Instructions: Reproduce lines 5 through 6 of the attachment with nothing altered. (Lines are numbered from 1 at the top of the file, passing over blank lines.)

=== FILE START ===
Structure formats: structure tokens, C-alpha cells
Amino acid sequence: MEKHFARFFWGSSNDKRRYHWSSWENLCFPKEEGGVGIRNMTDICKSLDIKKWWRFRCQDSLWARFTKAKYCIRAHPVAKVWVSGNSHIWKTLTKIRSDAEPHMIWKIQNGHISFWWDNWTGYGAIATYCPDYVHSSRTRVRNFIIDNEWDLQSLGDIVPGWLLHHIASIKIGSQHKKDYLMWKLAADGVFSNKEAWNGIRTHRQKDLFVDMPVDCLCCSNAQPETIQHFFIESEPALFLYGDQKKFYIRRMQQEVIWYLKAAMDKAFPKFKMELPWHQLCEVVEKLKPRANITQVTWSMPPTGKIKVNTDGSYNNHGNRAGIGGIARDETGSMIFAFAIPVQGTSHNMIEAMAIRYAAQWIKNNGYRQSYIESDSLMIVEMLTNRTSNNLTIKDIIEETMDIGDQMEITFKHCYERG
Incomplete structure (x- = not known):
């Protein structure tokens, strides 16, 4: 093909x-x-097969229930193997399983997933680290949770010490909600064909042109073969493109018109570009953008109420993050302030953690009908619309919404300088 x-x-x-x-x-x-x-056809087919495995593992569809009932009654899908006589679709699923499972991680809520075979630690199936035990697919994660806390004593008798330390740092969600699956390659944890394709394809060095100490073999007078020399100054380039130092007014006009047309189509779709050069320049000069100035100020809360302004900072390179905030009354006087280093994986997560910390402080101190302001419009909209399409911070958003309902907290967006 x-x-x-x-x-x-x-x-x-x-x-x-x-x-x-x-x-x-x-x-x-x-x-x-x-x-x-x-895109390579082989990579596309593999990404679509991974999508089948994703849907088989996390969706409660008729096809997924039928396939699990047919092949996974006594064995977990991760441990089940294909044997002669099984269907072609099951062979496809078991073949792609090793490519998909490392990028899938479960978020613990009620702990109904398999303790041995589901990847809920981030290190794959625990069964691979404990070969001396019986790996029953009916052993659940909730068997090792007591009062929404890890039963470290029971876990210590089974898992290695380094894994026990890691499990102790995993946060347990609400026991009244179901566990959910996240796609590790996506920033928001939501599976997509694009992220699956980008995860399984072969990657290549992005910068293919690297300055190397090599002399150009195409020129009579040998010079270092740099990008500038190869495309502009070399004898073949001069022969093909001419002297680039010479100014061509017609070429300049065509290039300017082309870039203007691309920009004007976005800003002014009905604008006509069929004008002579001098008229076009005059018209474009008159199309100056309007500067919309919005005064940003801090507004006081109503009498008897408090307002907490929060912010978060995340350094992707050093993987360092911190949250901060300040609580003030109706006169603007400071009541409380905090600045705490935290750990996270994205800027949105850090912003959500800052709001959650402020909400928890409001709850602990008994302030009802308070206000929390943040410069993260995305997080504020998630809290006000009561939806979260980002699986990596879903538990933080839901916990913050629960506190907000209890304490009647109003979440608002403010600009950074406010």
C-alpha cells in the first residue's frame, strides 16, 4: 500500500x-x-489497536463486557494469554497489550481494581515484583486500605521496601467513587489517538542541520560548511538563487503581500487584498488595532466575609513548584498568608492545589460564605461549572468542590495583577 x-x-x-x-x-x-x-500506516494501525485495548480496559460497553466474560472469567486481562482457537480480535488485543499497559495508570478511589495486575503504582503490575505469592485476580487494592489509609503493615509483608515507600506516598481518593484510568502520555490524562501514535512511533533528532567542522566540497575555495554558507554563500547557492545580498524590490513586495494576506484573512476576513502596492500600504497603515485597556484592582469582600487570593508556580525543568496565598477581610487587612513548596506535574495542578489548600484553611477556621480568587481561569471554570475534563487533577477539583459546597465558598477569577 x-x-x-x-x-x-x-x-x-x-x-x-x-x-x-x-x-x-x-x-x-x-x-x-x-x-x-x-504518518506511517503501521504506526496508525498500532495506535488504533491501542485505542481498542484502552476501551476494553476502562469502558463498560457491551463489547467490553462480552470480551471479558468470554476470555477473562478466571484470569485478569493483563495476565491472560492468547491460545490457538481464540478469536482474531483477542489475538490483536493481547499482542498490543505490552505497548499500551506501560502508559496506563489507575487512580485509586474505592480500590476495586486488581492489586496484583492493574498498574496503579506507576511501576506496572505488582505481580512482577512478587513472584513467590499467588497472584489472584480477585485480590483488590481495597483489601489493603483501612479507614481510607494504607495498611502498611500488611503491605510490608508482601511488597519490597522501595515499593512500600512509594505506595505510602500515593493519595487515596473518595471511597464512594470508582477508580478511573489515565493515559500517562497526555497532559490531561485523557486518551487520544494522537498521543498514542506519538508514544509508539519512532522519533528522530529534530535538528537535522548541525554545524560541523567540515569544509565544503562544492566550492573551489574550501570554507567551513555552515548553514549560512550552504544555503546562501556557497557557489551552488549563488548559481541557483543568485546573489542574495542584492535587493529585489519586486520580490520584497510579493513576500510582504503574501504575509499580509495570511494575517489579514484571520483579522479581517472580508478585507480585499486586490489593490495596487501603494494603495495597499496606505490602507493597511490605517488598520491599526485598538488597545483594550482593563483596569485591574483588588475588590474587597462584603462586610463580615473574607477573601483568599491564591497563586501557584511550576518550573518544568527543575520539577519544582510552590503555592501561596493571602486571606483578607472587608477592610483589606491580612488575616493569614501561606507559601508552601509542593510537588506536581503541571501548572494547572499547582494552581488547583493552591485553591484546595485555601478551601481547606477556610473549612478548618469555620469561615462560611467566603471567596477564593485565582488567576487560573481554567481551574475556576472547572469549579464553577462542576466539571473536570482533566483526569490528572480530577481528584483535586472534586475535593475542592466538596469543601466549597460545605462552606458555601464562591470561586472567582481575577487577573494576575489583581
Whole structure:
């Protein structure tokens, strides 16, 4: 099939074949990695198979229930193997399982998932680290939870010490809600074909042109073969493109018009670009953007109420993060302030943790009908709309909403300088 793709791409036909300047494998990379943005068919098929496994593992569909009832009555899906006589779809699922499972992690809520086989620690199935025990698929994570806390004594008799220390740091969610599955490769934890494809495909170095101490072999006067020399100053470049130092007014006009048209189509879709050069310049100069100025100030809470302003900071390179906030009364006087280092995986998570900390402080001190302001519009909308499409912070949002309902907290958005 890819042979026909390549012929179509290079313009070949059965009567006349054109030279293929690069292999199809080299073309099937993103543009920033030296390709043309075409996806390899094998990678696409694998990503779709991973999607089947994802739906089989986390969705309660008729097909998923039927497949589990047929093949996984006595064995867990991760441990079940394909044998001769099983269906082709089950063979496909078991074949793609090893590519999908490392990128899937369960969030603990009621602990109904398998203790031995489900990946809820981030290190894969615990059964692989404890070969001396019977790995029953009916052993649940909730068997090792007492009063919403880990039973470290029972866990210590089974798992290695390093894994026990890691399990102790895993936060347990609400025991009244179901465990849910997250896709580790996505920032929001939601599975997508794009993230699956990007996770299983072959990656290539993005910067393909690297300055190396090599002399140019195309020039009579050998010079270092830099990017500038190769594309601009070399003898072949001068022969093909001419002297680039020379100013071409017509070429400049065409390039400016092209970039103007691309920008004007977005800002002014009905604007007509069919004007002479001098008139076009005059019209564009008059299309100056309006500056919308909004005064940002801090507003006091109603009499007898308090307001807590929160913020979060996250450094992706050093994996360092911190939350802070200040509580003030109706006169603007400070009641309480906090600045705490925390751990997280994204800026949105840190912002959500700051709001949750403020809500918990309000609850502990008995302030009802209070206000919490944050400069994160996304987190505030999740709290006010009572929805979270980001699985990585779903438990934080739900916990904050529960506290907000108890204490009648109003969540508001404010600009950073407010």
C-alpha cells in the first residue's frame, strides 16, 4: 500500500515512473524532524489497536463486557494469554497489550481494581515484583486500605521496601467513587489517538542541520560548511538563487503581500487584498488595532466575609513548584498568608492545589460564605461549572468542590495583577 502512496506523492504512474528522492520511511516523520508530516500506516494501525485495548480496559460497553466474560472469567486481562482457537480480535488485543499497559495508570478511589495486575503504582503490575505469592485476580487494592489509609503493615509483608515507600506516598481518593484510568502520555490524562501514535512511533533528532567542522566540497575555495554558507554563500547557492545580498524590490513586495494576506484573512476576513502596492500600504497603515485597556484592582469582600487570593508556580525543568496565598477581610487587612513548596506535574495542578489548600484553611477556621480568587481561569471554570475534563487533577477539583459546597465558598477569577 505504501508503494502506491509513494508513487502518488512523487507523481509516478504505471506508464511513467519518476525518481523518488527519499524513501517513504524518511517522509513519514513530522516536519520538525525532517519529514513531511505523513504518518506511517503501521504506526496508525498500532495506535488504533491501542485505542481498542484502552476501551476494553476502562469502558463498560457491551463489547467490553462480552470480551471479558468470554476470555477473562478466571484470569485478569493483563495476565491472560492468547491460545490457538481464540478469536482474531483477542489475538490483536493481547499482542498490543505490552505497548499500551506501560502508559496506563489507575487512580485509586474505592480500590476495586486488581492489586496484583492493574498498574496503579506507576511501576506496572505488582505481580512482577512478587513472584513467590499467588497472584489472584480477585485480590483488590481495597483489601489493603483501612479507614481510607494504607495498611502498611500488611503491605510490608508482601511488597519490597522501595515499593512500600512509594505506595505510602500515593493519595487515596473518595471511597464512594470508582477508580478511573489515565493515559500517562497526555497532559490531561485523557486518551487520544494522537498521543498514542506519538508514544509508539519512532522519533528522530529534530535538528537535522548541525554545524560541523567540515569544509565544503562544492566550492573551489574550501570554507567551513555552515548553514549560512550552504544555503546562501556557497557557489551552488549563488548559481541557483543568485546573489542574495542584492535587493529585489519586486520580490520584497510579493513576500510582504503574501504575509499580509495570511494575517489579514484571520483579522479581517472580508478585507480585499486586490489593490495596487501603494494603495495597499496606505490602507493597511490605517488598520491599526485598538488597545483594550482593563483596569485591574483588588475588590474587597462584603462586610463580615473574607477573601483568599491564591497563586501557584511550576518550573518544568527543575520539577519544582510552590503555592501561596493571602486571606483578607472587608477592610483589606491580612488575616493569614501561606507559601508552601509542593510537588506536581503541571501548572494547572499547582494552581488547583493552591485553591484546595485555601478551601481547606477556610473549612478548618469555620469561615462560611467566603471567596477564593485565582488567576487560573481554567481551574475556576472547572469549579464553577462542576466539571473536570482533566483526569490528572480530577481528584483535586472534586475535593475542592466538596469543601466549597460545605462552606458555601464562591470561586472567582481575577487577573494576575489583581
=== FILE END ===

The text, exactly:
C-alpha cells in the first residue's frame, strides 16, 4: 500500500x-x-489497536463486557494469554497489550481494581515484583486500605521496601467513587489517538542541520560548511538563487503581500487584498488595532466575609513548584498568608492545589460564605461549572468542590495583577 x-x-x-x-x-x-x-500506516494501525485495548480496559460497553466474560472469567486481562482457537480480535488485543499497559495508570478511589495486575503504582503490575505469592485476580487494592489509609503493615509483608515507600506516598481518593484510568502520555490524562501514535512511533533528532567542522566540497575555495554558507554563500547557492545580498524590490513586495494576506484573512476576513502596492500600504497603515485597556484592582469582600487570593508556580525543568496565598477581610487587612513548596506535574495542578489548600484553611477556621480568587481561569471554570475534563487533577477539583459546597465558598477569577 x-x-x-x-x-x-x-x-x-x-x-x-x-x-x-x-x-x-x-x-x-x-x-x-x-x-x-x-504518518506511517503501521504506526496508525498500532495506535488504533491501542485505542481498542484502552476501551476494553476502562469502558463498560457491551463489547467490553462480552470480551471479558468470554476470555477473562478466571484470569485478569493483563495476565491472560492468547491460545490457538481464540478469536482474531483477542489475538490483536493481547499482542498490543505490552505497548499500551506501560502508559496506563489507575487512580485509586474505592480500590476495586486488581492489586496484583492493574498498574496503579506507576511501576506496572505488582505481580512482577512478587513472584513467590499467588497472584489472584480477585485480590483488590481495597483489601489493603483501612479507614481510607494504607495498611502498611500488611503491605510490608508482601511488597519490597522501595515499593512500600512509594505506595505510602500515593493519595487515596473518595471511597464512594470508582477508580478511573489515565493515559500517562497526555497532559490531561485523557486518551487520544494522537498521543498514542506519538508514544509508539519512532522519533528522530529534530535538528537535522548541525554545524560541523567540515569544509565544503562544492566550492573551489574550501570554507567551513555552515548553514549560512550552504544555503546562501556557497557557489551552488549563488548559481541557483543568485546573489542574495542584492535587493529585489519586486520580490520584497510579493513576500510582504503574501504575509499580509495570511494575517489579514484571520483579522479581517472580508478585507480585499486586490489593490495596487501603494494603495495597499496606505490602507493597511490605517488598520491599526485598538488597545483594550482593563483596569485591574483588588475588590474587597462584603462586610463580615473574607477573601483568599491564591497563586501557584511550576518550573518544568527543575520539577519544582510552590503555592501561596493571602486571606483578607472587608477592610483589606491580612488575616493569614501561606507559601508552601509542593510537588506536581503541571501548572494547572499547582494552581488547583493552591485553591484546595485555601478551601481547606477556610473549612478548618469555620469561615462560611467566603471567596477564593485565582488567576487560573481554567481551574475556576472547572469549579464553577462542576466539571473536570482533566483526569490528572480530577481528584483535586472534586475535593475542592466538596469543601466549597460545605462552606458555601464562591470561586472567582481575577487577573494576575489583581
Whole structure: